#RaisingAwareness: Stuff or Fluff?

#RaisingAwareness: Stuff or Fluff?

If you visit Twitter, it is common to see trending hashtags such as “#standwithukraine,” “#savetheplanet,” and “#protectthechildren” on the front page. These hashtags are also found in the profile bios of many concerned individuals, as they try to raise awareness about various issues they are passionate about. Even organizations such as the climate NGO Greenpeace make great efforts to raise awareness.

With so much effort placed into raising awareness, it seems like such a great solution to the world’s issues, but why has no progress been made on global issues such as climate change, plastic pollution, and poverty? Well, it is because such efforts rarely achieve their intended purpose. According to the Center for Homelessness Impact (CHI), the many campaigns to raise public awareness about the consequences of homelessness were unhelpful in inciting any real change for homelessness in the UK.

CHI also states that these campaigns that simply disseminate information do little to change public perception and the views of target individuals. Many timely awareness campaigns such as HIV Awareness Month, African Heritage & Health Week, and World Cancer Day are similarly ineffective. Stanford Social Innovation Review found that these movements only waste funds that could be used more effectively elsewhere.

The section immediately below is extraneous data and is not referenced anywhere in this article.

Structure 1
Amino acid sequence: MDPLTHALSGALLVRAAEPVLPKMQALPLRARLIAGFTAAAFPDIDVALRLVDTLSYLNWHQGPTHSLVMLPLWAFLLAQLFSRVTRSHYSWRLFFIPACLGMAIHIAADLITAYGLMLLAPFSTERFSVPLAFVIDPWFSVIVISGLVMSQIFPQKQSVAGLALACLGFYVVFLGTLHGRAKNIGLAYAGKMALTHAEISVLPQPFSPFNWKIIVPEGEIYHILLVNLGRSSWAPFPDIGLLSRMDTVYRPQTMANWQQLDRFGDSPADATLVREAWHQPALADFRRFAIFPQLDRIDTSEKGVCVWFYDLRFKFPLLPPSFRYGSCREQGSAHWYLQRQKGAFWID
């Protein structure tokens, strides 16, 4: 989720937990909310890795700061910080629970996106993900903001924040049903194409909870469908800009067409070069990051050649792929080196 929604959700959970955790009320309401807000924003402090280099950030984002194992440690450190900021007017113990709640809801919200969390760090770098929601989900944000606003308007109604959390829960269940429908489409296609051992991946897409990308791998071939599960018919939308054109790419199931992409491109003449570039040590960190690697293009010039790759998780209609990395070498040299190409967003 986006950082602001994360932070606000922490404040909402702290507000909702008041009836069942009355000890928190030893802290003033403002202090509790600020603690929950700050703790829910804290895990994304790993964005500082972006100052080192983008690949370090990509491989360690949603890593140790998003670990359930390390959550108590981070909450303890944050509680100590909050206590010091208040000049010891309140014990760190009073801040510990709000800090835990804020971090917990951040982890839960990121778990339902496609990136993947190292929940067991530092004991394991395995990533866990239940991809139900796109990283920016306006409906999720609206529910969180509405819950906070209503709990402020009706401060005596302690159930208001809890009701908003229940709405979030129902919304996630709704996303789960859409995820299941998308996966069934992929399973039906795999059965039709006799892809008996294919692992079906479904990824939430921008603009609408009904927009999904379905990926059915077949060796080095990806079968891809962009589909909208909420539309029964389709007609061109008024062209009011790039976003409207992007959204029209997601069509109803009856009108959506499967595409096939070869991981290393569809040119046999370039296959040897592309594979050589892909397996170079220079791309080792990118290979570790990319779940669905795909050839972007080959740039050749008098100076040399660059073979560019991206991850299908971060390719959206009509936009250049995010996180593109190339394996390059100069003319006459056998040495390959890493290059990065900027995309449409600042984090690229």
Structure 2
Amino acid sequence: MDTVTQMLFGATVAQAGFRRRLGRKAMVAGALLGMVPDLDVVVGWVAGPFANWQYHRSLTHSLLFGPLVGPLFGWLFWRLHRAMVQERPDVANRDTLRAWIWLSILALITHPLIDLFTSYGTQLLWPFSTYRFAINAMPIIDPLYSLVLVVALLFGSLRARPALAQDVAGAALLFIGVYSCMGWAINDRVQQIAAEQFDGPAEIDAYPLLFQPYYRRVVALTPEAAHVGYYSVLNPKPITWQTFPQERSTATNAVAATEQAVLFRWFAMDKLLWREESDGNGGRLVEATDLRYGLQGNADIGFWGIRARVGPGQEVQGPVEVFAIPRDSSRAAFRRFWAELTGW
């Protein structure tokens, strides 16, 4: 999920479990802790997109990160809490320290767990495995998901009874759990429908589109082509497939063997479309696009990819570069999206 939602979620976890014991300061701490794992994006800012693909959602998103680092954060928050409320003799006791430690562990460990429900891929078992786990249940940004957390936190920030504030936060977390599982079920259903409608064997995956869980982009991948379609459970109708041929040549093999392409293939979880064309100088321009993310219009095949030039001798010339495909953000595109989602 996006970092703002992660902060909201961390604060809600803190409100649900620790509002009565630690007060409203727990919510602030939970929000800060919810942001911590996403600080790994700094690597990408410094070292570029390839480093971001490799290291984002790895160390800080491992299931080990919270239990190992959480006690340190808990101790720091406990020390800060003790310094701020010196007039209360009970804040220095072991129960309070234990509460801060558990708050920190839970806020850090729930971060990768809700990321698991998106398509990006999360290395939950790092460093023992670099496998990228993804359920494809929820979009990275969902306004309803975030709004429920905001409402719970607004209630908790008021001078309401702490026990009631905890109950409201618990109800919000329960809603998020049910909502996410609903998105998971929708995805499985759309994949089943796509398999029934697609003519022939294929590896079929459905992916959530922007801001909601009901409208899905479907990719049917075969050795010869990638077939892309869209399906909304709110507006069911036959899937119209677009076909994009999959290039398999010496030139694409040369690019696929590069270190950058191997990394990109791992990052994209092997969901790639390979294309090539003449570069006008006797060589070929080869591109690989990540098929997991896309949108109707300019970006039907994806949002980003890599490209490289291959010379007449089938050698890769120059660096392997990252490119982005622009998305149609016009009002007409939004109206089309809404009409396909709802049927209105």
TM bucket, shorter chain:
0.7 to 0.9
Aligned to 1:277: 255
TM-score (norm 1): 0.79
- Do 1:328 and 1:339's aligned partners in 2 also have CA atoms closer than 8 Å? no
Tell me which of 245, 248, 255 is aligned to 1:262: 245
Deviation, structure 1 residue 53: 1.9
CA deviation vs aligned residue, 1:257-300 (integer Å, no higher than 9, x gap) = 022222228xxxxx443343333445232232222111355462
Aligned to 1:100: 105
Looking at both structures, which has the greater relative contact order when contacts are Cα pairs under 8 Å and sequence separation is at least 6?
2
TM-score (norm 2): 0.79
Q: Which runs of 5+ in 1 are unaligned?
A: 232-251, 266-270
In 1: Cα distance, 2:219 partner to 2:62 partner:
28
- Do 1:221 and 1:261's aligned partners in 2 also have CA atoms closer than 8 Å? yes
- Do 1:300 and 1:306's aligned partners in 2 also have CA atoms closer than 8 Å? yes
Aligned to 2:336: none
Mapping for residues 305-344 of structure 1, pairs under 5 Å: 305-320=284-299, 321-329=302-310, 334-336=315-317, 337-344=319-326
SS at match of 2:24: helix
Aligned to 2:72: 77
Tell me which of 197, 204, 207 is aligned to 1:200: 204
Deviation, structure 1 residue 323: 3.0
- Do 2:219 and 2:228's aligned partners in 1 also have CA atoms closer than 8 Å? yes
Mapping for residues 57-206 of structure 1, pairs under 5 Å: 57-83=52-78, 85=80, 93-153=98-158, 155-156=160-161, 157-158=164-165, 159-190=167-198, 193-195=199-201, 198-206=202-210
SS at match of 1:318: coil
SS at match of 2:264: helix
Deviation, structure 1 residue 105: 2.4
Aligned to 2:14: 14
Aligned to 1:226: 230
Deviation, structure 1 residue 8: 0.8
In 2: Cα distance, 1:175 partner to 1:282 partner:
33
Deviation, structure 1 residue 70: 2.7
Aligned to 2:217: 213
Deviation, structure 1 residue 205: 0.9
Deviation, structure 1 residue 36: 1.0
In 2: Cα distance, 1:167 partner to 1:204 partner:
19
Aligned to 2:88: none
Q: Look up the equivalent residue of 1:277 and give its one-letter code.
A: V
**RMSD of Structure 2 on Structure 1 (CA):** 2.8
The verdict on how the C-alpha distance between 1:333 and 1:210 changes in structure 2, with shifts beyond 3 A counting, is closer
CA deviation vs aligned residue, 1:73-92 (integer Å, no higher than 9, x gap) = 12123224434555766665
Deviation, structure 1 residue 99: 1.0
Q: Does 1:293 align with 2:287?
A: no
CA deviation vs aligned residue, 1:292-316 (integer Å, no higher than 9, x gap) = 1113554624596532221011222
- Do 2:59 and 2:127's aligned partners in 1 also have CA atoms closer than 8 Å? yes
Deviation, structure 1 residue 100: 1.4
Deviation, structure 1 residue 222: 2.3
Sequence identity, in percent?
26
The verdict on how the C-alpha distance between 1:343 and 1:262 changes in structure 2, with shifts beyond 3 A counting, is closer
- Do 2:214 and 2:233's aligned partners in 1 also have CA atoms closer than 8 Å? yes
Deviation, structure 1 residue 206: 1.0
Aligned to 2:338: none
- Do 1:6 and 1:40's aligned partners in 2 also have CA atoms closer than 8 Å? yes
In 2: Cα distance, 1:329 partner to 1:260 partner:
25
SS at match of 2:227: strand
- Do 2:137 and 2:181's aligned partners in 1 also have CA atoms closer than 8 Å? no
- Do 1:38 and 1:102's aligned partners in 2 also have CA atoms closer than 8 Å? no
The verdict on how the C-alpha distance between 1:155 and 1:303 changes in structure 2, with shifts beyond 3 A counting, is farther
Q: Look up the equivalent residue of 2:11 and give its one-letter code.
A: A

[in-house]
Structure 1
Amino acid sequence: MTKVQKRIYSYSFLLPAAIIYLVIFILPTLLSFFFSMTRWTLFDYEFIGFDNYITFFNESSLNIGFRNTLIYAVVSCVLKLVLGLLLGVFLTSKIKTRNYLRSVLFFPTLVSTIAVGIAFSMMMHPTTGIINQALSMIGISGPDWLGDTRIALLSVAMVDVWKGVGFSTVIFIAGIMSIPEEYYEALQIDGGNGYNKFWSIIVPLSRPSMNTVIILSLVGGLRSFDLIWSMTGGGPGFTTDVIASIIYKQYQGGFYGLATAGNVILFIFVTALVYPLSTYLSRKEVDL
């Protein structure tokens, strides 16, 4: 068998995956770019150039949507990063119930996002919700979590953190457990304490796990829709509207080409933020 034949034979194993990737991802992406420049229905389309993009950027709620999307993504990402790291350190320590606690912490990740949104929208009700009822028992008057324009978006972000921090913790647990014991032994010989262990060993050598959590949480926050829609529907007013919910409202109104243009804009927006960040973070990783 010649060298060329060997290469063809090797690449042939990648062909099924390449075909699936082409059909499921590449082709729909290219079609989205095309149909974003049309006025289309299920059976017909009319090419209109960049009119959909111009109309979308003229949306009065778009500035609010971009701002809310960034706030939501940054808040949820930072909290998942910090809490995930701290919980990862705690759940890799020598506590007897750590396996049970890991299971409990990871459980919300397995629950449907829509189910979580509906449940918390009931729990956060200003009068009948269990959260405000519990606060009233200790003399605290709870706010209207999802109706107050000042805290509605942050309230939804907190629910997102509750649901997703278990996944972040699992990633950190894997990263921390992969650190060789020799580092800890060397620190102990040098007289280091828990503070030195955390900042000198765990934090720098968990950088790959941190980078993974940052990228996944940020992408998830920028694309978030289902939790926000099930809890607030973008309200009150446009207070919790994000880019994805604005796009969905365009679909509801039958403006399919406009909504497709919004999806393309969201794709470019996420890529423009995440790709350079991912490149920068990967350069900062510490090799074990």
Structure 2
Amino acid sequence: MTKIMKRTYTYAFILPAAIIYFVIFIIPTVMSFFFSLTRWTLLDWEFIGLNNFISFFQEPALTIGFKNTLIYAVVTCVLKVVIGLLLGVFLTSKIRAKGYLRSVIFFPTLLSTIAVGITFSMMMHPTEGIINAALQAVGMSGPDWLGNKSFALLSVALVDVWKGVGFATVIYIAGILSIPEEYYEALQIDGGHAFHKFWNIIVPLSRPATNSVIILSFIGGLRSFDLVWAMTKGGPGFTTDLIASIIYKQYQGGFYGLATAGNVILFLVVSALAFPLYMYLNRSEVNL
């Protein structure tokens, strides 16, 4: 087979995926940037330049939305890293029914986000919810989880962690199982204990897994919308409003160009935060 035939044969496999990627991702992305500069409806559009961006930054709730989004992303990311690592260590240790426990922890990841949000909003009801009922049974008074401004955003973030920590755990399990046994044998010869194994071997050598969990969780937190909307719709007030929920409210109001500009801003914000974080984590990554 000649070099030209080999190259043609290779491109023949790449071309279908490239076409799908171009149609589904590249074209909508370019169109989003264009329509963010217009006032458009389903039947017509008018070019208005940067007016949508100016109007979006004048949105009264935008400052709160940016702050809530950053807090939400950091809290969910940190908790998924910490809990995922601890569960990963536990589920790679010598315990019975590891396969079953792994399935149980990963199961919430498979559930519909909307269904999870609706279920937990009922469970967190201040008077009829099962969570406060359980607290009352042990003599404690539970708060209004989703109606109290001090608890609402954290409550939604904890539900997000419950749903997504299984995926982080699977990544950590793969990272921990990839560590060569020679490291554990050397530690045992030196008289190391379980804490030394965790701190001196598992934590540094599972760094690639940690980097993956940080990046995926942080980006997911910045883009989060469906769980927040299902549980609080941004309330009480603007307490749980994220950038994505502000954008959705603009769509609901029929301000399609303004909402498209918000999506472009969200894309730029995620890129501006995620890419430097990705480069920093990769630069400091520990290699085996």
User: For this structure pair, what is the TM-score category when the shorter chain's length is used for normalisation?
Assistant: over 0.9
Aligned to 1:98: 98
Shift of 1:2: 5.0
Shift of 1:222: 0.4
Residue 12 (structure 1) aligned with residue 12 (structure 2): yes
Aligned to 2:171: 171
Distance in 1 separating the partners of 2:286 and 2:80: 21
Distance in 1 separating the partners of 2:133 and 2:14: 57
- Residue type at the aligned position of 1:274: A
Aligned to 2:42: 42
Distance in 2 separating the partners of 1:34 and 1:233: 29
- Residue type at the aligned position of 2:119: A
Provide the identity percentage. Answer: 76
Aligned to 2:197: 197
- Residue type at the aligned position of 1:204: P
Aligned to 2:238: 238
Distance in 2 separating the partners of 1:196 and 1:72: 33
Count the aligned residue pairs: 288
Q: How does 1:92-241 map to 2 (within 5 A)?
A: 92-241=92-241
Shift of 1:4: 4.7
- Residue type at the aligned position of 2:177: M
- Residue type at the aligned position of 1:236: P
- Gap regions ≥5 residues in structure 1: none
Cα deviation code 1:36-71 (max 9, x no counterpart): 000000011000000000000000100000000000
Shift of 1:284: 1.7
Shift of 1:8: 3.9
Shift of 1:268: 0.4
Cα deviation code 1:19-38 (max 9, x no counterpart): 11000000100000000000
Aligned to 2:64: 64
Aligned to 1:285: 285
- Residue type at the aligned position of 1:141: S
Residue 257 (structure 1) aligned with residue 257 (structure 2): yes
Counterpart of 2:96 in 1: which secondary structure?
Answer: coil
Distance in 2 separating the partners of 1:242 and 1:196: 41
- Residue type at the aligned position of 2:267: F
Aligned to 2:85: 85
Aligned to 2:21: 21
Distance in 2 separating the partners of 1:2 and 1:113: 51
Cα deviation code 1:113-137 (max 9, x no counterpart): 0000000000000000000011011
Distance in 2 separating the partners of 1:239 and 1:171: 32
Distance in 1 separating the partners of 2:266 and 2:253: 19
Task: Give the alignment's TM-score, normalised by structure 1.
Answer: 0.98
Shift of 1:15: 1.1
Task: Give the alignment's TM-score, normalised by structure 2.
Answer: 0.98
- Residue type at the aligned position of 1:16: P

It is important to outline that there are several clear exceptions to this argument. For example, during the Ukraine-Russia conflict, social media awareness campaigns such as “Stand Up for Ukraine” raised $10 billion to support the displaced Ukrainians. It is true that the majority of this money did not come from people who participated in raising awareness but rather from politicians, celebrities, corporations, and governments. However, the widespread publicity of the campaign is an undeniable factor in convincing many high-profile individuals to contribute.

Though there are rare cases where raising awareness campaigns are helpful, there are also many instances where it is harmful to the intended cause. On May 22, 2022, a man threw a cake at the Mona Lisa, smearing the glass protection of the painting. This was later revealed to be an act of protest at government inaction regarding the climate crisis. However, rather than bring increased solidarity to the pro-climate movement, the protester’s erratic actions caused ridicule and disdain, discrediting the larger movement in the eyes of many.

So what is the deal with awareness? By itself, in most cases, raising awareness isn’t detrimental, especially if the extent of awareness consists of putting a hashtag on one’s Instagram bio. However, if a campaign for change consists of nothing but awareness, the effort is usually futile and can even be detrimental to the cause. 

Though people seeking to make a change should not be discouraged from taking action, a little creative effort focusing on capturing attention and directing it toward a clear purpose such as organizing bleach cleanups or service programs would be more effective than simply spreading information for the sake of informing.